Contact

Are you a client? You should contact your private banker. 
You are not a client but would like to have more information about Societe Generale Private Banking ? Please fill in the form below.

Local contacts

France : +33 (0) 1 42 14 20 00 (9am - 5pm)
Luxembourg : +352 47 93 11 1 (8:30am - 6pm)
Monaco : +377 97 97 58 00 (9/12am - 2/5pm)
Switzerland : Geneva +41 22 819 02 02
& Zurich +41 44 218 56 11 (8:30am - 5:30pm)

You would like to contact about the protection of your personal data ?

Please contact the Data Protection Officer of Societe Generale Private Banking France by sending an email to the following address : protectiondesdonnees@societegenerale.fr.

Please contact Bieneke Russon, the Data Protection Officer of Societe Generale Bank & Trust Luxembourg by phone : +352-47.93.93.11.5046 or by sending an email to the following address : lux.dpooffice@socgen.com.

Please contact Céline Pastor, the Data Protection Officer of Societe Generale Private Banking Monaco by sending an email to the following address : list.mon-privmonaco-dpo@socgen.com

Please contact Omar Otmani, the Data Protection Officer of Societe Generale Private Banking Switzerland by sending an email to the following address : sgpb-gdpr.ch@socgen.com.

You need to make a claim ?

 Any claim addressed to Societe Generale Private Banking France should be sent by e-mail to the following address : FR-SGPB-Relations-Clients@socgen.com or by mail to : 

Société Générale Private Banking France
Direction Commerciale
29 boulevard Haussmann CS 614
75421 Paris Cedex 9

The Bank will acknowledge your request within 10 days after receipt and provide a response to your claim within 60 days of receipt. If your request requires additional processing time (e.g. if it involves complex researches…), the Bank will inform you by mail. 

In the event that the response you receive does not meet your expectations, we suggest to contact : 

 

The Societe Generale Group’s Ombudsman

The Societe Generale Group’s Ombudsman can be contacted by the following website : mediateur.societegenerale.fr  or by mail :

Le Médiateur auprès de Société Générale
17 Cours Valmy 
92987 PARIS LA DEFENSE CEDEX 7
France

In reviewing any matter, the Ombudsman undertakes the consideration of both the client’s and the bank’s point of view, evaluates arguments from each of the parties and makes a decision in all fairness.

The Group’s Ombudsman will respond to you directly within two months of receipt of the written submissions of the parties relating to the claim.

 

The Ombudsman of the AMF

The Ombudsman of the Autorité des Marchés Financiers (AMF) can be contacted at the following address :

Médiateur de l'AMF, Autorité des Marchés Financier
17 place de la Bourse
75082 PARIS CEDEX 02
FRANCE


The Insurance Ombudsman

Please contact the Insurance Ombudsman : contact details must be mentioned in your insurance contract.

To ensure that your requests are handled effectively, any claim addressed to Societe Generale Bank & Trust should be sent to:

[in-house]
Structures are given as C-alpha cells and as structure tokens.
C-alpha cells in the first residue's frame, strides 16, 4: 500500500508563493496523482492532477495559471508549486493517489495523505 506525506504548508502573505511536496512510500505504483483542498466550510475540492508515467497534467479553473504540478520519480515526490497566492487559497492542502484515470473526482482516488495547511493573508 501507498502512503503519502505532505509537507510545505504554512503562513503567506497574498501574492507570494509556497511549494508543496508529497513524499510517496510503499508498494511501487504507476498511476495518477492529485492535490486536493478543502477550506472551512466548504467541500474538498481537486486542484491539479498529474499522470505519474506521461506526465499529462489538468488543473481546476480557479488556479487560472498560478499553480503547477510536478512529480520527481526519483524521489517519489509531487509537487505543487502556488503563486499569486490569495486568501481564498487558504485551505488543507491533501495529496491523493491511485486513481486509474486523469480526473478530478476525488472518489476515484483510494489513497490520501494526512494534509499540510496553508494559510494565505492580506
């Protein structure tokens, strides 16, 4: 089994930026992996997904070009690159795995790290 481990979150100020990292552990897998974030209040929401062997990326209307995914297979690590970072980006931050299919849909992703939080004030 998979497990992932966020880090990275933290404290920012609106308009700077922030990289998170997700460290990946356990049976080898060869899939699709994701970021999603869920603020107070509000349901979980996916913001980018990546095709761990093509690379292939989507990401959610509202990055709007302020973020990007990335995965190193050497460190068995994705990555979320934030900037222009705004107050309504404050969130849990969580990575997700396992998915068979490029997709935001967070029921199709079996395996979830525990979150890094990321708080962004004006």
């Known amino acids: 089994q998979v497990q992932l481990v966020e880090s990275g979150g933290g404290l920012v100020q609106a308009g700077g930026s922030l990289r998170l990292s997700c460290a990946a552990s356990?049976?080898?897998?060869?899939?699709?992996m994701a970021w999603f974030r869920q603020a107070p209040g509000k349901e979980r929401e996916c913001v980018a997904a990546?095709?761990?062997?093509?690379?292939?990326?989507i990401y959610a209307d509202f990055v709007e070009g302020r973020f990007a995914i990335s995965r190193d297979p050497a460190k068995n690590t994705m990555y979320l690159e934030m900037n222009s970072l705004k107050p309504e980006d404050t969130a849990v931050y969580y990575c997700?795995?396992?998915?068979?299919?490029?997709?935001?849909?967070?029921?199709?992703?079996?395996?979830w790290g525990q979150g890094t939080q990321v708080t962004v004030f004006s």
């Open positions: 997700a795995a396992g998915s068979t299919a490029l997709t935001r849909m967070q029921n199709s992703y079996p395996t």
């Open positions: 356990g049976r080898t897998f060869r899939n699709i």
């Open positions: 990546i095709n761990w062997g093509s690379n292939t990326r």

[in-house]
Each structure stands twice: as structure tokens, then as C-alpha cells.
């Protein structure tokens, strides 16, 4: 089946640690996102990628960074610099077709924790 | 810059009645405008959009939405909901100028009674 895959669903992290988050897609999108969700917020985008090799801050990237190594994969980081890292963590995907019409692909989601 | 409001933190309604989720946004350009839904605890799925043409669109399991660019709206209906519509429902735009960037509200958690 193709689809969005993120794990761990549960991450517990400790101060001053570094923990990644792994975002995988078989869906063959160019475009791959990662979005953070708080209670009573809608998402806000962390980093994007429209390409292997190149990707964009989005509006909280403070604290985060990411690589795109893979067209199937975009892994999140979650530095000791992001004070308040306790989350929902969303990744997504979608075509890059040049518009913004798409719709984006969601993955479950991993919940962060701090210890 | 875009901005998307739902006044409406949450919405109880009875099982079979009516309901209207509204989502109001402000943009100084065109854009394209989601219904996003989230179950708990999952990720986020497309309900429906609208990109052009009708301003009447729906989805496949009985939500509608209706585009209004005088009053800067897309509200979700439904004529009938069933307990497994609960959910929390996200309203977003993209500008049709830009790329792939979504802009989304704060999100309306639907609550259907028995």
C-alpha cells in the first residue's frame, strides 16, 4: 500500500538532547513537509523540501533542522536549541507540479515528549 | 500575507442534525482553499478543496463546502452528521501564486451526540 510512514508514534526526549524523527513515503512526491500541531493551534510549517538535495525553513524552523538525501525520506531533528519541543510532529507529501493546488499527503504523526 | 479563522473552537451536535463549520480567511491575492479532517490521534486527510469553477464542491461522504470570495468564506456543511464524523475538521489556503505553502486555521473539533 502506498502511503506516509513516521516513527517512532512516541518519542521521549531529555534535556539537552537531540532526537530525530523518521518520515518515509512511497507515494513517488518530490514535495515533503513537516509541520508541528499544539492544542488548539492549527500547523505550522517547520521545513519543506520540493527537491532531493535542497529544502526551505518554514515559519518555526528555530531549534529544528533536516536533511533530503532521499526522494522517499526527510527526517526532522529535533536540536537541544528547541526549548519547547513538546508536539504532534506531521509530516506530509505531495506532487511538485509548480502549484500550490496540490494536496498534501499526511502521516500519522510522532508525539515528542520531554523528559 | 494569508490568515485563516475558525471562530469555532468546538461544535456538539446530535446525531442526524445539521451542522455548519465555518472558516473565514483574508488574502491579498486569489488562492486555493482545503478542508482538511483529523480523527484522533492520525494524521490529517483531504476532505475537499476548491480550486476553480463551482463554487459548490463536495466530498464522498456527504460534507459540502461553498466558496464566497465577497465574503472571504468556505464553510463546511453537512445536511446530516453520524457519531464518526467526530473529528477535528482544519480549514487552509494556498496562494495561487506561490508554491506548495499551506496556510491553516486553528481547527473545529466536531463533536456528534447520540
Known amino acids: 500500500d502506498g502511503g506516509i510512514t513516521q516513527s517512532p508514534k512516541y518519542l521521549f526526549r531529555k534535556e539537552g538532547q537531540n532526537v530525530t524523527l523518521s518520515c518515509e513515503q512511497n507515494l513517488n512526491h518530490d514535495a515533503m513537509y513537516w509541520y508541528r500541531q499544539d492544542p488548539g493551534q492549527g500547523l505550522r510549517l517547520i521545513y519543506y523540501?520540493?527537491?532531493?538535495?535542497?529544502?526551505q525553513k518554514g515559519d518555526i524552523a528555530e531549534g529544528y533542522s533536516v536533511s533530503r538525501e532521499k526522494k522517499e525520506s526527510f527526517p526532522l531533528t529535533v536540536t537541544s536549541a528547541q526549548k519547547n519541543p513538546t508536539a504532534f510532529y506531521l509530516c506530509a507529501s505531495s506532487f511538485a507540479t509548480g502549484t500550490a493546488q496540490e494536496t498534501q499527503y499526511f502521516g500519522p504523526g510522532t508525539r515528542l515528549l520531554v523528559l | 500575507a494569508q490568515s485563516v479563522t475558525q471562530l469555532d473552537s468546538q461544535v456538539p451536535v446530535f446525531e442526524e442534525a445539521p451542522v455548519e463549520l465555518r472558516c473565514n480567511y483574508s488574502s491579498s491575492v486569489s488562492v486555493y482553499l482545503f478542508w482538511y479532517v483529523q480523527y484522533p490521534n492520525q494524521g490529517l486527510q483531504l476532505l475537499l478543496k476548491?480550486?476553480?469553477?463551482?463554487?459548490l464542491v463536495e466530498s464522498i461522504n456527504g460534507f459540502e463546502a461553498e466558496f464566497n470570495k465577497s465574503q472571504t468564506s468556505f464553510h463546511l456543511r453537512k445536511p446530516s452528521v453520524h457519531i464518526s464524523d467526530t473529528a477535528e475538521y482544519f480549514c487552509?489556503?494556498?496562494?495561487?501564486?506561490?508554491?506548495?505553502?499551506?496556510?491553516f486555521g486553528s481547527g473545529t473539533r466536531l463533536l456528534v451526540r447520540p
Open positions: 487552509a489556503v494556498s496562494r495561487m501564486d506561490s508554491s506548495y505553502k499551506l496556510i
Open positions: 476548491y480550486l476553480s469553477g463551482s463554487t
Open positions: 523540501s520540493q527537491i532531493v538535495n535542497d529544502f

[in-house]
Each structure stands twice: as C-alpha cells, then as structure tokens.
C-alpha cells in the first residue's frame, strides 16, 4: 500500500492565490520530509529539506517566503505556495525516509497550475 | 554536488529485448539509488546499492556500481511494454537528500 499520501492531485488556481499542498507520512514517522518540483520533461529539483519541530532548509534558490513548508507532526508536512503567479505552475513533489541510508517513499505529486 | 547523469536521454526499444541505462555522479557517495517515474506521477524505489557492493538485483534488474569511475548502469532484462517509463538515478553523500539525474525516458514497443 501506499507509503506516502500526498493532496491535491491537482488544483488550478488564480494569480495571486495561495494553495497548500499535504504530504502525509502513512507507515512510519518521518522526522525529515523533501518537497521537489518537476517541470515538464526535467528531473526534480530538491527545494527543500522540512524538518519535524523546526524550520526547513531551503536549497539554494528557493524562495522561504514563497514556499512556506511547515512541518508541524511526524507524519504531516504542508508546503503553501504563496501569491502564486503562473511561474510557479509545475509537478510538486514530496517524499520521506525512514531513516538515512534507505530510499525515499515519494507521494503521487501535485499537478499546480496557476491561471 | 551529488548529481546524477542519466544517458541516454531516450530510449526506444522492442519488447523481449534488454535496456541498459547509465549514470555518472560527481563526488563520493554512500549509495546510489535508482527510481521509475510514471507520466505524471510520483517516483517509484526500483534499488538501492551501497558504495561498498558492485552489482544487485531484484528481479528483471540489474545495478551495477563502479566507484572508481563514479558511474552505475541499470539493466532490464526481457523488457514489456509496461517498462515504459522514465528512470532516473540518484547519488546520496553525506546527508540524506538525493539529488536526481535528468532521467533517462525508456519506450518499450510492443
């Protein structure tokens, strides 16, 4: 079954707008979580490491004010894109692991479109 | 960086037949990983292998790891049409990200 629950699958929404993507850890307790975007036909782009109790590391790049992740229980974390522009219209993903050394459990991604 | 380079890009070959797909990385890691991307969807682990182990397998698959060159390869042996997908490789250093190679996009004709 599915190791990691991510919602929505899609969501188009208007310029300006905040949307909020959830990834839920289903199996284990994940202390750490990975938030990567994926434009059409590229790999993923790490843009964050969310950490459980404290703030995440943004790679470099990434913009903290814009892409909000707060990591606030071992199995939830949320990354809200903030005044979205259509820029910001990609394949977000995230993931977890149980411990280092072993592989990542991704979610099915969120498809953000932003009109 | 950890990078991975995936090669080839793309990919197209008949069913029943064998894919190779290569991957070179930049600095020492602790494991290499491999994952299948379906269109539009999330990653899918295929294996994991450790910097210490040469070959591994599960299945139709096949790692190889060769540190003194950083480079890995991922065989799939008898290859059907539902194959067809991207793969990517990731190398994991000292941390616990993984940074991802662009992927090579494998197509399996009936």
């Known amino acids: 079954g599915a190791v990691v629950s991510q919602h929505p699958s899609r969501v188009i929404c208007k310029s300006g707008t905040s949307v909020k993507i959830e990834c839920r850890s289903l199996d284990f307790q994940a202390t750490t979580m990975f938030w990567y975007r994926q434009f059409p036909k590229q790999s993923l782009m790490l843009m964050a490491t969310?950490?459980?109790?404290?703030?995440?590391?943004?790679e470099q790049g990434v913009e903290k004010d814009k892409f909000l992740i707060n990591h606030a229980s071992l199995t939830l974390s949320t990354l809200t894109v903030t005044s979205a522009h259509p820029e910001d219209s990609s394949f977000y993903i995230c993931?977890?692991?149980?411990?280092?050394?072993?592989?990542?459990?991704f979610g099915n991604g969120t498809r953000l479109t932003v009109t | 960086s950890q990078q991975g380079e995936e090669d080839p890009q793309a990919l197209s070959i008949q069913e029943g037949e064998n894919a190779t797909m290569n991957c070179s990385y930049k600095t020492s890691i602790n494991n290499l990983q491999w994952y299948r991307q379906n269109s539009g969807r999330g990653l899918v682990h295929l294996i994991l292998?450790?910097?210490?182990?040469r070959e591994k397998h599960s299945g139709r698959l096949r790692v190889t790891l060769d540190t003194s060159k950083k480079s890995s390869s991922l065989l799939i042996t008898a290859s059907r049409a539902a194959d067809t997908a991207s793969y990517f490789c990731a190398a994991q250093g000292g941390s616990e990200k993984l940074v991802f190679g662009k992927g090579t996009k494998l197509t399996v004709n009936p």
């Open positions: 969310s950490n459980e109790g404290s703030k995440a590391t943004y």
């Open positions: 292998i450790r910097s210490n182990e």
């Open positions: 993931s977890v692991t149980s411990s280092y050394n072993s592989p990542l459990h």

Private banking Claims department
11, Avenue Emile Reuter
L-2420 Luxembourg

The Bank will acknowledge your request within 10 days and provide a response to your claim within 30 days of receipt. If your request requires additional processing time (e.g. if it involves complex research), the Bank will inform you of this situation within the same 30-day timeframe.

In the event that the response you receive does not meet your expectations, we suggest the following :

Initially, you may wish to contact the SGBT Division responsible for handling claims, at the following address:

Corporate Secretariat of Societe Generale Bank & Trust
11, Avenue Emile Reuter
L-2420 Luxembourg

If the response from the Division responsible for claims does not resolve the claim, you may wish to contact Societe Generale Bank & Trust's supervisory authority, the Commission de Surveillance du Secteur Financier (Financial Sector Supervisory Commission) :

By mail: 283, Route d’Arlon L-1150 Luxembourg
By e-mail:direction@cssf.lu

 Any claim addressed to Societe Generale Private Banking Monaco should be sent by e-mail to the following address : reclamation.privmonaco@socgen.com or by mail to our dedicated department : 

Societe Generale Private Banking Monaco
Middle Office – Service Réclamation 
11 avenue de Grande Bretagne
98000 Monaco

The Bank will acknowledge your request within 2 days after receipt and provide a response to your claim within 10 days of receipt. If your request requires additional processing time (e.g. if it involves complex researches…), the Bank will inform you of this situation within the same 30-day timeframe. 

In the event that the response you receive does not meet your expectations, we suggest to contact the Societe Generale Private Banking Direction that handles the claims by mail at the following address : 

Secrétariat Général de Societe Generale Private Banking Monaco 
11 avenue de Grande Bretagne 
98000 Monaco

Any claim addressed to the Bank can be sent by email to: sgpb-reclamations.ch@socgen.com
Clients may also contact the Swiss Banking Ombudsman : www.bankingombudsman.ch